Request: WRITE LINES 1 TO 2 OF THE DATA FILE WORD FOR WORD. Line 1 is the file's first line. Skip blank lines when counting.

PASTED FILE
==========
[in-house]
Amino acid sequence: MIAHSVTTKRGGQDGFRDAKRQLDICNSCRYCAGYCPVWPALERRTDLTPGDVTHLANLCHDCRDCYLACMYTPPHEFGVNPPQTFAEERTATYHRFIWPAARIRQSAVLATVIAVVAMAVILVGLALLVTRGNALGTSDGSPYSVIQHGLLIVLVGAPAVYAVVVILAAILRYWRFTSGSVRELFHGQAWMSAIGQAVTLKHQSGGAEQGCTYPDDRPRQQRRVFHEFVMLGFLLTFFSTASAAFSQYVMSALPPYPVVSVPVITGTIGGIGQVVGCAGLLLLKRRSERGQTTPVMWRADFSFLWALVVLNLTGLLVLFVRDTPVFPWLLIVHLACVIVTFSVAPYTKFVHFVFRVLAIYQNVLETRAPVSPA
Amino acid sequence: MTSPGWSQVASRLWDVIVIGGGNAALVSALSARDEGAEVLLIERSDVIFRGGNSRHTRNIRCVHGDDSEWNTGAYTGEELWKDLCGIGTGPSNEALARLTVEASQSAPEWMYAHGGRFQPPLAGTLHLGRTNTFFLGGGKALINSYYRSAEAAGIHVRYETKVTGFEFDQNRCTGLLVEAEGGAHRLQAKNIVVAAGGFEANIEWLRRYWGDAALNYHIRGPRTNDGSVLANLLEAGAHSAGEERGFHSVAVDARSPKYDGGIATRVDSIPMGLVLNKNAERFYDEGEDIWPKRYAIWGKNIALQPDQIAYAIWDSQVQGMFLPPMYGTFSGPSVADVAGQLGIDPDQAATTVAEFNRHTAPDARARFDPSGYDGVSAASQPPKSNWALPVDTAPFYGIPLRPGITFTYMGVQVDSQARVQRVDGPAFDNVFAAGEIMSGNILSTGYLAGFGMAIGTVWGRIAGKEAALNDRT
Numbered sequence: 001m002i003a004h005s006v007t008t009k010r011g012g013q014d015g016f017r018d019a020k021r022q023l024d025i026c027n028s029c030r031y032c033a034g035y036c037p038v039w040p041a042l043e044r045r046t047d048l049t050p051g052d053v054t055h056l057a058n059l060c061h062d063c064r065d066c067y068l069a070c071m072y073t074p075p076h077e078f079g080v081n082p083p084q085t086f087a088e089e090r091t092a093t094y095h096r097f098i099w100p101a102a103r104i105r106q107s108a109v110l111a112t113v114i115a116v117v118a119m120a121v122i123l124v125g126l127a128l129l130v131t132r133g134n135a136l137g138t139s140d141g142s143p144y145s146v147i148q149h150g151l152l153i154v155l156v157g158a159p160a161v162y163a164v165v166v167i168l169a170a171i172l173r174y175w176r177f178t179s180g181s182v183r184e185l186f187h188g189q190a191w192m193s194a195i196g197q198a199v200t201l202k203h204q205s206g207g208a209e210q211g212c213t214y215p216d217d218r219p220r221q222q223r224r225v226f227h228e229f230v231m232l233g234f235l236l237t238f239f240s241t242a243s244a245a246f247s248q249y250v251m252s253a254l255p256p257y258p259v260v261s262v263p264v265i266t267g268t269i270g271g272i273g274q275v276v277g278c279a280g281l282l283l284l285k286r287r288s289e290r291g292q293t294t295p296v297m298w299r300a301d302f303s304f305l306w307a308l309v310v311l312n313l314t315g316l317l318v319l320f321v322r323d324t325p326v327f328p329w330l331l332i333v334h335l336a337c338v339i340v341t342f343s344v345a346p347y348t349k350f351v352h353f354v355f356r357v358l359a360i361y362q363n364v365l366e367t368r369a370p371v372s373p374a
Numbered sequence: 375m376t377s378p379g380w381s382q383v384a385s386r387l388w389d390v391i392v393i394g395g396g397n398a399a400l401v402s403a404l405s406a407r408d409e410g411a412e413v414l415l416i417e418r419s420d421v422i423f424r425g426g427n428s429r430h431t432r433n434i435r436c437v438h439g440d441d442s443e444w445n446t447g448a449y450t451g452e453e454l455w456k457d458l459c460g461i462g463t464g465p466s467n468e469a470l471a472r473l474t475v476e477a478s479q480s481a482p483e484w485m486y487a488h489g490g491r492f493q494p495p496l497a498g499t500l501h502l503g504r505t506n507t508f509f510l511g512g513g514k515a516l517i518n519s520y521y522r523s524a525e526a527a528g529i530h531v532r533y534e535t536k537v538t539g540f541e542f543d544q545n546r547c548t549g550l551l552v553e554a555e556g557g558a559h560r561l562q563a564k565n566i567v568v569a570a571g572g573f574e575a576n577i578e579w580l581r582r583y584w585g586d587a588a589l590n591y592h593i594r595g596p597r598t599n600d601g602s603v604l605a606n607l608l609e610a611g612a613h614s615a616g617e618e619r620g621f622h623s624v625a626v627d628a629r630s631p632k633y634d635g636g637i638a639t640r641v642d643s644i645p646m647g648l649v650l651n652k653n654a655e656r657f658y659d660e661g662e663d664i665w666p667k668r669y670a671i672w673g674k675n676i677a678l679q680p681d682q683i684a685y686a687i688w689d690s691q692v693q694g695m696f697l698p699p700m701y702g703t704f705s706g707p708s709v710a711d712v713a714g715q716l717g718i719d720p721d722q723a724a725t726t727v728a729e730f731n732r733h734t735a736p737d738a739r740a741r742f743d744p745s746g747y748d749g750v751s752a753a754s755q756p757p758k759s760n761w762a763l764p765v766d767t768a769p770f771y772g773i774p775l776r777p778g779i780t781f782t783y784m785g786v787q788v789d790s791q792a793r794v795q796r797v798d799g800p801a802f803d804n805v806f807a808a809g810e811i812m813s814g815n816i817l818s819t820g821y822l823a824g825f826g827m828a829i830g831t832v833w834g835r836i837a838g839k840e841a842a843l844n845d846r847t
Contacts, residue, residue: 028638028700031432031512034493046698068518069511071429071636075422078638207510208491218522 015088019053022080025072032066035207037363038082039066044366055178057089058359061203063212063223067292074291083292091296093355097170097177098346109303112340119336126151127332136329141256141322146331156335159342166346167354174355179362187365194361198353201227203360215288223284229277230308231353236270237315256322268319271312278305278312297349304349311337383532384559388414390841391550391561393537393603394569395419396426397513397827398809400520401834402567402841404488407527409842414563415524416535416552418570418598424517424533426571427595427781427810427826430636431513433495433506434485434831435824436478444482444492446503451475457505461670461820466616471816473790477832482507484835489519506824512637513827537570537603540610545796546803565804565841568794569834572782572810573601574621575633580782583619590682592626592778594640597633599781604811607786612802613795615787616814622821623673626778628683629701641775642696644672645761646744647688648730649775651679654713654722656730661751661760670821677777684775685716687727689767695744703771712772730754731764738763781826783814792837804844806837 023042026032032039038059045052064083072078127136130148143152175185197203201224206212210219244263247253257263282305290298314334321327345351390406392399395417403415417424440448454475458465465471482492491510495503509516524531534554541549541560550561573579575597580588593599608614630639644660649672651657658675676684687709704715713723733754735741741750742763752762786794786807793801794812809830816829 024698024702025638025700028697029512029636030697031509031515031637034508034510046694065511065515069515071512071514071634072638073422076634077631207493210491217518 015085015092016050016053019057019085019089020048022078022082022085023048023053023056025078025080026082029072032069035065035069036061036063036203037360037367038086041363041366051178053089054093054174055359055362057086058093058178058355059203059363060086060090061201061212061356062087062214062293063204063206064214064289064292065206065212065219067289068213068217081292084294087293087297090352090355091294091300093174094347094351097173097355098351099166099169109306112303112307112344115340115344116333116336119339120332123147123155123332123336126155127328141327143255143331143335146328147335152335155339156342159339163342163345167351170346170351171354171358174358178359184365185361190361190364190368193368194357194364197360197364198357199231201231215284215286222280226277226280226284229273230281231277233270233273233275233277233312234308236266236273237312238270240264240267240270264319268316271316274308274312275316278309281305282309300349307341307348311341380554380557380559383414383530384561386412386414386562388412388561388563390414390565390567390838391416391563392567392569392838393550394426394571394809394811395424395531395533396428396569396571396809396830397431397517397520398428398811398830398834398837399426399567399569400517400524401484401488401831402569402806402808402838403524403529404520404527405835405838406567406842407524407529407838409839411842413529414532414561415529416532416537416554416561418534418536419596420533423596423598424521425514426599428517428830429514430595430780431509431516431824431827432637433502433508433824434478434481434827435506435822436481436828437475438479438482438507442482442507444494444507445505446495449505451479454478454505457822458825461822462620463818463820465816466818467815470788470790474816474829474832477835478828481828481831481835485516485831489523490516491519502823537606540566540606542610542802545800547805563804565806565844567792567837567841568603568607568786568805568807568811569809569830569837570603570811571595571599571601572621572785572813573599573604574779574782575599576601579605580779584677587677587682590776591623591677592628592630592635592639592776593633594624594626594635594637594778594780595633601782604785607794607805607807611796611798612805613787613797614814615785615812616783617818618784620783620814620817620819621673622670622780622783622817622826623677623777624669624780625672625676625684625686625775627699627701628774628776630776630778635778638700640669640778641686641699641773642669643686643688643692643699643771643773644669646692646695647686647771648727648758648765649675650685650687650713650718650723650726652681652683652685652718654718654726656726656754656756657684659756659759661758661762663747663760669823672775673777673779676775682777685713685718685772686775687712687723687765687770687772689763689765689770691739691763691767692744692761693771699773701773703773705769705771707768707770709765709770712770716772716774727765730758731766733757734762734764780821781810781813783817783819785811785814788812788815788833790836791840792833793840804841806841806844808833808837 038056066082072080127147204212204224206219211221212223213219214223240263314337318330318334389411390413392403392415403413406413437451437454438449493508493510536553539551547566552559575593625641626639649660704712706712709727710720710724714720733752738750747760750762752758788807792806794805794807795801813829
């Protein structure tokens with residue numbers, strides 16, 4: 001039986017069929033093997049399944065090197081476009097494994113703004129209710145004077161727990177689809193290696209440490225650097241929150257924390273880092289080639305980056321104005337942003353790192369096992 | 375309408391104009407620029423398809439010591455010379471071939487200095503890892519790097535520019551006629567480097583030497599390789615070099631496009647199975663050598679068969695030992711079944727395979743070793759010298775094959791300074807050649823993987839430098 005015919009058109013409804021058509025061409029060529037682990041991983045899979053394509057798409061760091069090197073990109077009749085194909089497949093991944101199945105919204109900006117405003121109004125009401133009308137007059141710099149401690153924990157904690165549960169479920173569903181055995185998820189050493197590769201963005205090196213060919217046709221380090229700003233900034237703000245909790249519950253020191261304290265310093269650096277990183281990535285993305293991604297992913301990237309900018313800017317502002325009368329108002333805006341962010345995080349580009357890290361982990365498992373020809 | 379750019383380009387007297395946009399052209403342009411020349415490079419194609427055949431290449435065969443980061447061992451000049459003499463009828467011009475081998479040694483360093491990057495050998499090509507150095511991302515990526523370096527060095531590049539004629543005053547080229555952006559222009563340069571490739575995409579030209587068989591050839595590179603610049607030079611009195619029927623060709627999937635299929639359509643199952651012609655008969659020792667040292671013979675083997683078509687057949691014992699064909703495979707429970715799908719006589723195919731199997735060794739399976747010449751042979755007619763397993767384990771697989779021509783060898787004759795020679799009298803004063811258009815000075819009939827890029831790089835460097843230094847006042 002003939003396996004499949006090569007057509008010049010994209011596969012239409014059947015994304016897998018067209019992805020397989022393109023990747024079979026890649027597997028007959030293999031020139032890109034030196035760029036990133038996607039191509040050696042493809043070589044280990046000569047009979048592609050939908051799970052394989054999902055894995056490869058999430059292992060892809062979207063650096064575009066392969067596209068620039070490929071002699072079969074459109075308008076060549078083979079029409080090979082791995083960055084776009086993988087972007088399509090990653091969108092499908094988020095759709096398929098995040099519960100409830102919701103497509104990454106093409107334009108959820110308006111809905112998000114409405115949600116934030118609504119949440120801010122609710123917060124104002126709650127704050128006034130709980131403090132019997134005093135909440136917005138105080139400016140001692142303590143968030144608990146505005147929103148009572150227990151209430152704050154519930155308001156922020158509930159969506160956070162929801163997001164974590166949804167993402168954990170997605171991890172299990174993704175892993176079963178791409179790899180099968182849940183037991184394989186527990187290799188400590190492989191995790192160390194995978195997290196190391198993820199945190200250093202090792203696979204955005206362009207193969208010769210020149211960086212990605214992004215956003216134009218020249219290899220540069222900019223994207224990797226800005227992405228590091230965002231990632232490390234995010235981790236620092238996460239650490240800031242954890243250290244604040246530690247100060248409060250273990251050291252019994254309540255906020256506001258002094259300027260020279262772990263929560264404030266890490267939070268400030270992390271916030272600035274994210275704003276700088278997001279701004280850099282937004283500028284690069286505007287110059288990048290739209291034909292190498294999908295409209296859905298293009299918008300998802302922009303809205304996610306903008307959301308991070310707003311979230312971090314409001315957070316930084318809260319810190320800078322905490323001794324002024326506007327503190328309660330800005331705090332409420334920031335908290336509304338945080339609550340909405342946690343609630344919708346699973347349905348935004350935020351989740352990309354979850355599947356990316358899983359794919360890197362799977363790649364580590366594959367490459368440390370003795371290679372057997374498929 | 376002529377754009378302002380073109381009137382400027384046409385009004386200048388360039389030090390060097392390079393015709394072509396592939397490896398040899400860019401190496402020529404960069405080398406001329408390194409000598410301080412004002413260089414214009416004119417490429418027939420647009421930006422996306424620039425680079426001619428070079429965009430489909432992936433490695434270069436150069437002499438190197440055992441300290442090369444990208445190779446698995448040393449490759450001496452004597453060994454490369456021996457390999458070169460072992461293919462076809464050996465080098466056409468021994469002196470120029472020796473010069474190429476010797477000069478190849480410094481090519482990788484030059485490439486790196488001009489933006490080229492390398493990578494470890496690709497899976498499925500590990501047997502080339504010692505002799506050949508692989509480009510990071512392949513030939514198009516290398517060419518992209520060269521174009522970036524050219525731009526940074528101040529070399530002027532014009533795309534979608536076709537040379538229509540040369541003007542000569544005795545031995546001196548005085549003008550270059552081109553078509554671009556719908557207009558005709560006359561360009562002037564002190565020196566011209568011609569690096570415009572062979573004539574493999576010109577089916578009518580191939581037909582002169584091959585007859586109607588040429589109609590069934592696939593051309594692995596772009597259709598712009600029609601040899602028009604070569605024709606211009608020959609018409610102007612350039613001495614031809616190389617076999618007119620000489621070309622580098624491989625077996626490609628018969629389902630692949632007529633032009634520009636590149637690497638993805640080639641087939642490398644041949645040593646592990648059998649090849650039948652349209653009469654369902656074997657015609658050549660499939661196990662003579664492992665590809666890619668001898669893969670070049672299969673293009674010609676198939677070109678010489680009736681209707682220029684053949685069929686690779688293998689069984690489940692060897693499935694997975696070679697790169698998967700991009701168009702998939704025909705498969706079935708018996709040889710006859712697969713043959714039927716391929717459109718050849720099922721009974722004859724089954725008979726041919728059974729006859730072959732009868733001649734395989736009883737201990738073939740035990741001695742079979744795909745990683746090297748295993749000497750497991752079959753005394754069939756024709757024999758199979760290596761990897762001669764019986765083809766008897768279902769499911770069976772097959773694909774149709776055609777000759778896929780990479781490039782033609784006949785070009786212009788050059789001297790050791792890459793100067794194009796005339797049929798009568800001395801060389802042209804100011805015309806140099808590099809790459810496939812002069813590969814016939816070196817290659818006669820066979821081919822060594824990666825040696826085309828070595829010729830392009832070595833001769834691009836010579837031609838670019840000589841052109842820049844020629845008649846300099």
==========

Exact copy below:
[in-house]
Amino acid sequence: MIAHSVTTKRGGQDGFRDAKRQLDICNSCRYCAGYCPVWPALERRTDLTPGDVTHLANLCHDCRDCYLACMYTPPHEFGVNPPQTFAEERTATYHRFIWPAARIRQSAVLATVIAVVAMAVILVGLALLVTRGNALGTSDGSPYSVIQHGLLIVLVGAPAVYAVVVILAAILRYWRFTSGSVRELFHGQAWMSAIGQAVTLKHQSGGAEQGCTYPDDRPRQQRRVFHEFVMLGFLLTFFSTASAAFSQYVMSALPPYPVVSVPVITGTIGGIGQVVGCAGLLLLKRRSERGQTTPVMWRADFSFLWALVVLNLTGLLVLFVRDTPVFPWLLIVHLACVIVTFSVAPYTKFVHFVFRVLAIYQNVLETRAPVSPA